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Wound Care for You

Healogics and its affiliated companies manage more than 500 Wound Care Centers ® nationwide and sees nearly 200,000 patients a year. Our physicians and staff are experienced in using wound healing techniques to help patients heal faster. Learn more about what patients can expect when beginning care at a Wound Care Center.
 
What Will Happen During My First Visit? (read more) 
  • We will examine you and ask you about your personal and family medical history so we can develop a specialized plan of care just for you.
  • We will examine your wound.
  • We might remove dead tissue in and around your wound.
  • We will teach you how to care for your wound at home.
  • We will schedule further testing, if it is needed.
 
What About Follow-up Visits? (read more) 

Your personal plan will require regular visits to the Wound Care Center. Each time you come to the center, we will check your wound to see how much progress has been made. We will review your test results with you. We will remove dead tissue from your wound if needed.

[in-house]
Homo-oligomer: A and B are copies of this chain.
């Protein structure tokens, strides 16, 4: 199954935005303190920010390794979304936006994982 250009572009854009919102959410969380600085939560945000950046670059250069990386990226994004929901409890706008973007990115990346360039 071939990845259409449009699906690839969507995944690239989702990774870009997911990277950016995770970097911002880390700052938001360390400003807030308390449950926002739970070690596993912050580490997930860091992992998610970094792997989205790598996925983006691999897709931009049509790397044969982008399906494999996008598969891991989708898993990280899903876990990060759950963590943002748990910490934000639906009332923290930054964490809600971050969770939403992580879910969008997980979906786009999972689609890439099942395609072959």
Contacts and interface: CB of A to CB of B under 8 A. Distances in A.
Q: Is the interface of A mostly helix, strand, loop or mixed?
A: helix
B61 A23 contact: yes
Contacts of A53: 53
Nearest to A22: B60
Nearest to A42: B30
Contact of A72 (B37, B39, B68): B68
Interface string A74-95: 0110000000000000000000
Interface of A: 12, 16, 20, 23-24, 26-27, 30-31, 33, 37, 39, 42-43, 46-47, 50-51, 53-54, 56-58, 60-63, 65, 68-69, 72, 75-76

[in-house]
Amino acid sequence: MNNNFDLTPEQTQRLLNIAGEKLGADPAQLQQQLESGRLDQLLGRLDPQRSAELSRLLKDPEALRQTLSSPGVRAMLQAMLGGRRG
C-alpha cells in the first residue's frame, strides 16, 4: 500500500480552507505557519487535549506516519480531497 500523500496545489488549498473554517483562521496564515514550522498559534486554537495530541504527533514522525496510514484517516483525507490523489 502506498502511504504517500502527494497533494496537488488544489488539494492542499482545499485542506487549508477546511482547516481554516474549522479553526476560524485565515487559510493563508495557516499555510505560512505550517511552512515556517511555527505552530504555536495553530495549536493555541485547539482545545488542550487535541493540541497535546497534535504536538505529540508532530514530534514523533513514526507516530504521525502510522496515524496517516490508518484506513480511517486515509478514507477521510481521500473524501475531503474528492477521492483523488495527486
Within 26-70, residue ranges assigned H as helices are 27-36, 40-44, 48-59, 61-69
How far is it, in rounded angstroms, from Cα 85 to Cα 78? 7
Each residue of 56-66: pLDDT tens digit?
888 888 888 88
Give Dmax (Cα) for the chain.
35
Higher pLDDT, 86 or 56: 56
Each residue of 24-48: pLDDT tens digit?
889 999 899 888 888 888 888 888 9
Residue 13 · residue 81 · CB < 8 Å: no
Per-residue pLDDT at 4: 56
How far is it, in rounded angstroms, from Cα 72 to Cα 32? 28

We will answer questions you may have about how to care for your wound and what is going to happen next. With your permission, we may communicate with your primary doctor and update him/her on your condition.

What Can I Do to Help? (read more) 

We need your commitment to your treatment plan. The best things you can do are:

  • Care for your wound at home as directed by your healthcare provider.
  • Eat a healthy diet.
  • Take medication as ordered.
  • Stop smoking.
  • Rest according to your healthcare provider’s instructions.
  • Return for your follow-up appointment.
 

Call your wound care doctor if you notice:

  • Increasing redness around the wound.
  • Warm or red skin.
  • A red streak spreading from the wound.
  • An increase in wound drainage.
  • A foul odor or abnormal smell.
  • Fever or chills.
  • Increased pain.
  • Increased swelling around the wound.
  • Pus or cloudy fluid draining from the wound.
  • Tenderness at or in the area of the infected bone.
  • The wound gets bigger.
  • The wound has blisters, black or brown dead tissue.
  • Increased weakness.
  • A wound that won’t heal.
 

Looking for more patient education materials? Visit our Wound Care Resource Center.